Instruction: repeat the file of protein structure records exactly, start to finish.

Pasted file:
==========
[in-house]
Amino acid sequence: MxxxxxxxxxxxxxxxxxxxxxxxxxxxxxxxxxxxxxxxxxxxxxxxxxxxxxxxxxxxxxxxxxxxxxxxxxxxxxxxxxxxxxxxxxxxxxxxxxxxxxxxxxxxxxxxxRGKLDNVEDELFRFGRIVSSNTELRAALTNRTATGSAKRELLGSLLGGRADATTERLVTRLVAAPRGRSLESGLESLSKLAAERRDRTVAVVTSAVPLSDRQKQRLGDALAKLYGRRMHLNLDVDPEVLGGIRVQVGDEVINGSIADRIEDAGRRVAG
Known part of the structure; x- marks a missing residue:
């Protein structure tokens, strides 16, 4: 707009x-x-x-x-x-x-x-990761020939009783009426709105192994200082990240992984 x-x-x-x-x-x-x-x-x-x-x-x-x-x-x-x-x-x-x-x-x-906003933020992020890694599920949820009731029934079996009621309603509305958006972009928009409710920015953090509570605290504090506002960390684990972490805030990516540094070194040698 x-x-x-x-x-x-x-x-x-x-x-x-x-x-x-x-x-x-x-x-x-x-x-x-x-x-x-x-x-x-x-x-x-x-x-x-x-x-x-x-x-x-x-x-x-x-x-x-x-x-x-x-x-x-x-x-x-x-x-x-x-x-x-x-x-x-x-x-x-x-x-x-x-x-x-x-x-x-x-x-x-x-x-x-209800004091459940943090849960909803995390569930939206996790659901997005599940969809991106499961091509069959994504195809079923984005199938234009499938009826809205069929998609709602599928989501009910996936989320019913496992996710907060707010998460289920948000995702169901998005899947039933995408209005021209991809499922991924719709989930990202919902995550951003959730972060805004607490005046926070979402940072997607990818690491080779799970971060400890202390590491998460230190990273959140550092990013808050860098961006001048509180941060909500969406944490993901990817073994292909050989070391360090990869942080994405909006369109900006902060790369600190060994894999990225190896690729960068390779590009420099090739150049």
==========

[in-house]
Amino acid sequence: MxxxxxxxxxxxxxxxxxxxxxxxxxxxxxxxxxxxxxxxxxxxxxxxxxxxxxxxxxxxxxxxxxxxxxxxxxxxxxxxxxxxxxxxxxxxxxxxxxxxxxxxxxxxxxxxxRGKLDNVEDELFRFGRIVSSNTELRAALTNRTATGSAKRELLGSLLGGRADATTERLVTRLVAAPRGRSLESGLESLSKLAAERRDRTVAVVTSAVPLSDRQKQRLGDALAKLYGRRMHLNLDVDPEVLGGIRVQVGDEVINGSIADRIEDAGRRVAG
Known part of the structure; x- marks a missing residue:
């Protein structure tokens, strides 16, 4: 707009x-x-x-x-x-x-x-990761020939009783009426709105192994200082990240992984 x-x-x-x-x-x-x-x-x-x-x-x-x-x-x-x-x-x-x-x-x-906003933020992020890694599920949820009731029934079996009621309603509305958006972009928009409710920015953090509570605290504090506002960390684990972490805030990516540094070194040698 x-x-x-x-x-x-x-x-x-x-x-x-x-x-x-x-x-x-x-x-x-x-x-x-x-x-x-x-x-x-x-x-x-x-x-x-x-x-x-x-x-x-x-x-x-x-x-x-x-x-x-x-x-x-x-x-x-x-x-x-x-x-x-x-x-x-x-x-x-x-x-x-x-x-x-x-x-x-x-x-x-x-x-x-209800004091459940943090849960909803995390569930939206996790659901997005599940969809991106499961091509069959994504195809079923984005199938234009499938009826809205069929998609709602599928989501009910996936989320019913496992996710907060707010998460289920948000995702169901998005899947039933995408209005021209991809499922991924719709989930990202919902995550951003959730972060805004607490005046926070979402940072997607990818690491080779799970971060400890202390590491998460230190990273959140550092990013808050860098961006001048509180941060909500969406944490993901990817073994292909050989070391360090990869942080994405909006369109900006902060790369600190060994894999990225190896690729960068390779590009420099090739150049």